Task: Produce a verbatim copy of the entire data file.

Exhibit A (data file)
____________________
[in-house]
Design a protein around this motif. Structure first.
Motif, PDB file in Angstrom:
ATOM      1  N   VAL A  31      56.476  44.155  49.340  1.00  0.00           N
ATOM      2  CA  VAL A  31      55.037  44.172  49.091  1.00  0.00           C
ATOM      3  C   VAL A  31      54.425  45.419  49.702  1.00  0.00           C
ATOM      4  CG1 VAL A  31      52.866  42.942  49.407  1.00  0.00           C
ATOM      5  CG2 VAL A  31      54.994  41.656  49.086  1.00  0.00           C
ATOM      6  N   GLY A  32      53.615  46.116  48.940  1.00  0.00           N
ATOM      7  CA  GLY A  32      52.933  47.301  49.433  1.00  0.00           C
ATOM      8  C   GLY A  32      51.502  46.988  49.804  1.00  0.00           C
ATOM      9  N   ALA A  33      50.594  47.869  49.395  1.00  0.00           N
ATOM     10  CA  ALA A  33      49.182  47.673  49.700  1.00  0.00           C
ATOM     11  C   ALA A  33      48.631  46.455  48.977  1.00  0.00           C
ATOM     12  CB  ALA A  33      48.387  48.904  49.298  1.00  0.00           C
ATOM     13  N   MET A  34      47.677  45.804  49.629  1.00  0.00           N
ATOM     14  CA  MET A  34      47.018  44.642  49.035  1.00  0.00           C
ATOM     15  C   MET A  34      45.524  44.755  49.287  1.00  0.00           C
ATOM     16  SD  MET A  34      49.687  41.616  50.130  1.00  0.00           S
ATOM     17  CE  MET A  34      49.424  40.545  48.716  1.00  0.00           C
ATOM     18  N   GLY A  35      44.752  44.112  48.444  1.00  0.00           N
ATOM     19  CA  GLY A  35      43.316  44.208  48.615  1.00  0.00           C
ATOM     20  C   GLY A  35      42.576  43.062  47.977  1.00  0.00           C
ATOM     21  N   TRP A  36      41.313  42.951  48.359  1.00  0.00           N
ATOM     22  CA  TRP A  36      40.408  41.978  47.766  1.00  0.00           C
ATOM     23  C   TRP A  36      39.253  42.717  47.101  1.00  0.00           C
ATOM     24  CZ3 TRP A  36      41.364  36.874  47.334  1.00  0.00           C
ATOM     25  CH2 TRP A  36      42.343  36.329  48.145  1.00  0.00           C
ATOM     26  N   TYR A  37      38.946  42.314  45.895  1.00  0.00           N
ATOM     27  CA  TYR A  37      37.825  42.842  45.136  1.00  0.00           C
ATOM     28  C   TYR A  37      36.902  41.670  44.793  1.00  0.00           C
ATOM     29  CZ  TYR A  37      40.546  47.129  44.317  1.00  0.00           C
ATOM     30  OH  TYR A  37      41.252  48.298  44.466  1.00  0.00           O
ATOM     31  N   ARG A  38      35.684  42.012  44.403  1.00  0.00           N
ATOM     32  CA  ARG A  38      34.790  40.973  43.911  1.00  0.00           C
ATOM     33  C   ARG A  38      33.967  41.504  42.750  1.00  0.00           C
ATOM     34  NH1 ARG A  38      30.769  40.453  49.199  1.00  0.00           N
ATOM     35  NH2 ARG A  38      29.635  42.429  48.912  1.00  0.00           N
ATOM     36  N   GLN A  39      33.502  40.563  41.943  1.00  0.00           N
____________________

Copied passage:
[in-house]
Design a protein around this motif. Structure first.
Motif, PDB file in Angstrom:
ATOM      1  N   VAL A  31      56.476  44.155  49.340  1.00  0.00           N
ATOM      2  CA  VAL A  31      55.037  44.172  49.091  1.00  0.00           C
ATOM      3  C   VAL A  31      54.425  45.419  49.702  1.00  0.00           C
ATOM      4  CG1 VAL A  31      52.866  42.942  49.407  1.00  0.00           C
ATOM      5  CG2 VAL A  31      54.994  41.656  49.086  1.00  0.00           C
ATOM      6  N   GLY A  32      53.615  46.116  48.940  1.00  0.00           N
ATOM      7  CA  GLY A  32      52.933  47.301  49.433  1.00  0.00           C
ATOM      8  C   GLY A  32      51.502  46.988  49.804  1.00  0.00           C
ATOM      9  N   ALA A  33      50.594  47.869  49.395  1.00  0.00           N
ATOM     10  CA  ALA A  33      49.182  47.673  49.700  1.00  0.00           C
ATOM     11  C   ALA A  33      48.631  46.455  48.977  1.00  0.00           C
ATOM     12  CB  ALA A  33      48.387  48.904  49.298  1.00  0.00           C
ATOM     13  N   MET A  34      47.677  45.804  49.629  1.00  0.00           N
ATOM     14  CA  MET A  34      47.018  44.642  49.035  1.00  0.00           C
ATOM     15  C   MET A  34      45.524  44.755  49.287  1.00  0.00           C
ATOM     16  SD  MET A  34      49.687  41.616  50.130  1.00  0.00           S
ATOM     17  CE  MET A  34      49.424  40.545  48.716  1.00  0.00           C
ATOM     18  N   GLY A  35      44.752  44.112  48.444  1.00  0.00           N
ATOM     19  CA  GLY A  35      43.316  44.208  48.615  1.00  0.00           C
ATOM     20  C   GLY A  35      42.576  43.062  47.977  1.00  0.00           C
ATOM     21  N   TRP A  36      41.313  42.951  48.359  1.00  0.00           N
ATOM     22  CA  TRP A  36      40.408  41.978  47.766  1.00  0.00           C
ATOM     23  C   TRP A  36      39.253  42.717  47.101  1.00  0.00           C
ATOM     24  CZ3 TRP A  36      41.364  36.874  47.334  1.00  0.00           C
ATOM     25  CH2 TRP A  36      42.343  36.329  48.145  1.00  0.00           C
ATOM     26  N   TYR A  37      38.946  42.314  45.895  1.00  0.00           N
ATOM     27  CA  TYR A  37      37.825  42.842  45.136  1.00  0.00           C
ATOM     28  C   TYR A  37      36.902  41.670  44.793  1.00  0.00           C
ATOM     29  CZ  TYR A  37      40.546  47.129  44.317  1.00  0.00           C
ATOM     30  OH  TYR A  37      41.252  48.298  44.466  1.00  0.00           O
ATOM     31  N   ARG A  38      35.684  42.012  44.403  1.00  0.00           N
ATOM     32  CA  ARG A  38      34.790  40.973  43.911  1.00  0.00           C
ATOM     33  C   ARG A  38      33.967  41.504  42.750  1.00  0.00           C
ATOM     34  NH1 ARG A  38      30.769  40.453  49.199  1.00  0.00           N
ATOM     35  NH2 ARG A  38      29.635  42.429  48.912  1.00  0.00           N
ATOM     36  N   GLN A  39      33.502  40.563  41.943  1.00  0.00           N